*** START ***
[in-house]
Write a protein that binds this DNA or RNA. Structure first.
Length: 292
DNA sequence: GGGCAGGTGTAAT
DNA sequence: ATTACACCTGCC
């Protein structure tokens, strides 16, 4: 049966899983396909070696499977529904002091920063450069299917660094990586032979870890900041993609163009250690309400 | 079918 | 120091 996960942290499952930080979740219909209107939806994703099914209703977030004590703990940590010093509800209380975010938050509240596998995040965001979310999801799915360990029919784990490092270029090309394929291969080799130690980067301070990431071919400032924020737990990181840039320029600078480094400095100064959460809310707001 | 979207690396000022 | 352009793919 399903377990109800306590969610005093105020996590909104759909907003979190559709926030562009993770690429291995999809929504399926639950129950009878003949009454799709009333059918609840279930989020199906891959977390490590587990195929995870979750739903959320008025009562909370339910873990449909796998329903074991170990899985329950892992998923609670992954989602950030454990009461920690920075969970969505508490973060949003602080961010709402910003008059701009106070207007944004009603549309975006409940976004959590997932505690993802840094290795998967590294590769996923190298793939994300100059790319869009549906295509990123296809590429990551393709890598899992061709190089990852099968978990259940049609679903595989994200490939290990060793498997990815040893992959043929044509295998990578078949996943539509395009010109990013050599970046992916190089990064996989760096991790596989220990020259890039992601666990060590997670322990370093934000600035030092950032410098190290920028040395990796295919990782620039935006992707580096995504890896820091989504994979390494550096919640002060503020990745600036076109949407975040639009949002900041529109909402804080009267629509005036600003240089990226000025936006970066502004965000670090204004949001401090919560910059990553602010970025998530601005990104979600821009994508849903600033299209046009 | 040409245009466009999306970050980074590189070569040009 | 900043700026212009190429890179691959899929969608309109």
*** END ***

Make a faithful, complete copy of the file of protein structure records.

[in-house]
Write a protein that binds this DNA or RNA. Structure first.
Length: 292
DNA sequence: GGGCAGGTGTAAT
DNA sequence: ATTACACCTGCC
């Protein structure tokens, strides 16, 4: 049966899983396909070696499977529904002091920063450069299917660094990586032979870890900041993609163009250690309400 | 079918 | 120091 996960942290499952930080979740219909209107939806994703099914209703977030004590703990940590010093509800209380975010938050509240596998995040965001979310999801799915360990029919784990490092270029090309394929291969080799130690980067301070990431071919400032924020737990990181840039320029600078480094400095100064959460809310707001 | 979207690396000022 | 352009793919 399903377990109800306590969610005093105020996590909104759909907003979190559709926030562009993770690429291995999809929504399926639950129950009878003949009454799709009333059918609840279930989020199906891959977390490590587990195929995870979750739903959320008025009562909370339910873990449909796998329903074991170990899985329950892992998923609670992954989602950030454990009461920690920075969970969505508490973060949003602080961010709402910003008059701009106070207007944004009603549309975006409940976004959590997932505690993802840094290795998967590294590769996923190298793939994300100059790319869009549906295509990123296809590429990551393709890598899992061709190089990852099968978990259940049609679903595989994200490939290990060793498997990815040893992959043929044509295998990578078949996943539509395009010109990013050599970046992916190089990064996989760096991790596989220990020259890039992601666990060590997670322990370093934000600035030092950032410098190290920028040395990796295919990782620039935006992707580096995504890896820091989504994979390494550096919640002060503020990745600036076109949407975040639009949002900041529109909402804080009267629509005036600003240089990226000025936006970066502004965000670090204004949001401090919560910059990553602010970025998530601005990104979600821009994508849903600033299209046009 | 040409245009466009999306970050980074590189070569040009 | 900043700026212009190429890179691959899929969608309109």